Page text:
A Realistic Approach to a Healthy New Year 2013
By Jon Mikami, RPh, and Kelly Go, RPh, Molokai Drugs, Inc.
It’s January 2013, and you know what that means. “New Year’s” and “resolution” are about as inseparable as hamburger and French fries, stew and rice, or fish and poi. Maybe you want to eat less, exercise more at Na Pu’uwai Fitness Center, quit smoking, or spend more time with your ohana.
Easy does it. Before you take the plunge, try rethinking your approach. Instead of making vague, sudden, and difficult-to-keep resolutions, think in terms of healthy lifestyle changes – more of a work in progress.
Start small, with one goal at a time, and make a solid plan. Remember, small changes really do add up. One way to be more effective is to create SMART goals:
Specific. State exactly what you want to accomplish. Make sure your goal is not hard to understand. Getting fit is not a specific goal. Being able to run a 5K under 30 minutes is. Write down exactly what you plan to do as well as when and how often. Post it where you’ll be sure to see it.
Measurable. If a goal is measurable, you can evaluate your progress and know when you’ve succeeded. For example, if your goal is to lose weight, you can check your body mass index (BMI) or see if you can get the zipper up on a smaller pair of jeans or shorts.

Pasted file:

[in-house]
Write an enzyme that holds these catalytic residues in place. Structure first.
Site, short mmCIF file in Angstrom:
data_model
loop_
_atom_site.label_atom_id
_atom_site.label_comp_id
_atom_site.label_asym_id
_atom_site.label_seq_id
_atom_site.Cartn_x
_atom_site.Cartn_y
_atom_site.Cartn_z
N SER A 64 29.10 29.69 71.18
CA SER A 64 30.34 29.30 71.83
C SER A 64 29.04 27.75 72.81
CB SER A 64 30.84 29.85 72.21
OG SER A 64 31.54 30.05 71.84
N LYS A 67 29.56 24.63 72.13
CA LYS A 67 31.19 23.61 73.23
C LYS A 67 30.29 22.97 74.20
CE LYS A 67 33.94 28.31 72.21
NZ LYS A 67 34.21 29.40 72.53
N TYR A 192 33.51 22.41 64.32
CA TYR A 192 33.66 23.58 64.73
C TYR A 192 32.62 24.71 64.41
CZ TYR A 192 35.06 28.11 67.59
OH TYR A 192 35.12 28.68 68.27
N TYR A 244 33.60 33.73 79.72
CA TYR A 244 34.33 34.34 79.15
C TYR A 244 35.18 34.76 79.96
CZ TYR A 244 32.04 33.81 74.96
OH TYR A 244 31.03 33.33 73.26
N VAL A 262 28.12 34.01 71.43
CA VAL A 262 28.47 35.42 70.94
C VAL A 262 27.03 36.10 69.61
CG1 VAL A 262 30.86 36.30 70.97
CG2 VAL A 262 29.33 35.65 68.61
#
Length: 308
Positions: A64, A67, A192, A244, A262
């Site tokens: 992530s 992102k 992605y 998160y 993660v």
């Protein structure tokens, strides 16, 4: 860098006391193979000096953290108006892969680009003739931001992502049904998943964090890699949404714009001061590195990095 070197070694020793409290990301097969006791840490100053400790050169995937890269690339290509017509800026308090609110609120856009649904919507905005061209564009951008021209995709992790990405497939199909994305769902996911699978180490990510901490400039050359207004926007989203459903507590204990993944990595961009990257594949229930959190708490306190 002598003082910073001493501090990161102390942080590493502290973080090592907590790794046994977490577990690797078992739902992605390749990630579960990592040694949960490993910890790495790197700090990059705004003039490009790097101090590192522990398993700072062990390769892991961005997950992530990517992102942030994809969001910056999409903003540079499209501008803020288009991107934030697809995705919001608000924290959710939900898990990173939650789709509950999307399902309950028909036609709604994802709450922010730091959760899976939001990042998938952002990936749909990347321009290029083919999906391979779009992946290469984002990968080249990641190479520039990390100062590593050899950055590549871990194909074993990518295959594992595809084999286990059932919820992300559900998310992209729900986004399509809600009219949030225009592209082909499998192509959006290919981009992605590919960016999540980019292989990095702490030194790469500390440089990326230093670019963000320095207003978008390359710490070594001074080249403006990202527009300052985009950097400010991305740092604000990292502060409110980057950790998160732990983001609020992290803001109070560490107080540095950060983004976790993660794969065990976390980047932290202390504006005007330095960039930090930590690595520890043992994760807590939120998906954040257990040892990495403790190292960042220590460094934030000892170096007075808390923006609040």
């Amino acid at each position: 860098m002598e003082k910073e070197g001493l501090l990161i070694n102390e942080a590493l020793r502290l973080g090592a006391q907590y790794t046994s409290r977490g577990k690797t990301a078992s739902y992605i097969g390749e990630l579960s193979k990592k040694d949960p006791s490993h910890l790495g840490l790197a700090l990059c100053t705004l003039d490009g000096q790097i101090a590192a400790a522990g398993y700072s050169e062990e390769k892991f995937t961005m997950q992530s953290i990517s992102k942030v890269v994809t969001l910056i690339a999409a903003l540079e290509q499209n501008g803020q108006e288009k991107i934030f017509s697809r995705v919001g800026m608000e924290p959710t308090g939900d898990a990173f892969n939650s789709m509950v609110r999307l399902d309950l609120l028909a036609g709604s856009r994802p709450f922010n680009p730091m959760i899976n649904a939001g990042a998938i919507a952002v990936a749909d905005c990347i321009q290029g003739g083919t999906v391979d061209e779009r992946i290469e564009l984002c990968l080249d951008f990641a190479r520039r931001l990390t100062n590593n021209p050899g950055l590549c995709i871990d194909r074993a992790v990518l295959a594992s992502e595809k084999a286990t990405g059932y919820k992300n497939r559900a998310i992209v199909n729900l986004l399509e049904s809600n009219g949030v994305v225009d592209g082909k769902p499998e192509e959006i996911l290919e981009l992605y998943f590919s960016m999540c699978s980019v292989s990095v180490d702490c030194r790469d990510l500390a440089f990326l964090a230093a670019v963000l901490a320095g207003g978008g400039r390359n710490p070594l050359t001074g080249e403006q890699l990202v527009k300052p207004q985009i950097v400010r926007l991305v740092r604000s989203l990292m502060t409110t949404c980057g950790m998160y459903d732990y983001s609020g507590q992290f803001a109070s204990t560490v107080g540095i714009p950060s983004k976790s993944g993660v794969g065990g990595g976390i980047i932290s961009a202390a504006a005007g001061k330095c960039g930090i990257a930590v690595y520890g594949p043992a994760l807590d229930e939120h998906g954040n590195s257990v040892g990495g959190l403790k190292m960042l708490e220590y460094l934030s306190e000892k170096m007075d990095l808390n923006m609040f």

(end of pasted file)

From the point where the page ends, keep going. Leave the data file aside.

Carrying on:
Attainable. Maybe you want to lose 50 pounds by your Molokai High and Intermediate School class reunion this Memorial Day. But seriously, is this really realistic? Instead, have a conversation with your doctor about safe methods and rates of weight loss. Losing one or two pounds a week might be more reasonable. Or, maybe you’d like to quit smoking “cold turkey,” but you know that tapering off will make it easier for you. Set yourself up for success by setting goals that are truly attainable.
Relevant. Is this really a goal you’re interested in? Or is it something your spouse has thrown upon you? Make sure the steps you’re taking will help you meet your specific goal.
Time-bound. It’s human nature to put things off. Remember to set specific deadlines. Try setting lots of shorter time-bound goals. This may make it easier to stay on track and reach your final destination.
You are also more likely to succeed if you are clear about why you want to make a particular change and know how it will benefit you. Also, identify your support system and ask for help when you need it, and come up with a reward for reaching a specific goal. All these things can help you stay motivated.
It will also help to create visible cues that remind you that you want to make a change. Maybe that means keeping workout clothes within easy reach. Remove things that will undercut your will; for example, if Dave’s Ice Cream is your weakness, it won’t help to know that there’s a pint of cookies-n-cream in the freezer with your name on it. But slip-ups happen; just get back into your groove and keep going.
Need more ideas about lifestyle changes you can make? Stop by Molokai Drugs and we can discuss your goals or call us at 808-553-5790. Mahalo and best wishes in reaching your goals in 2013!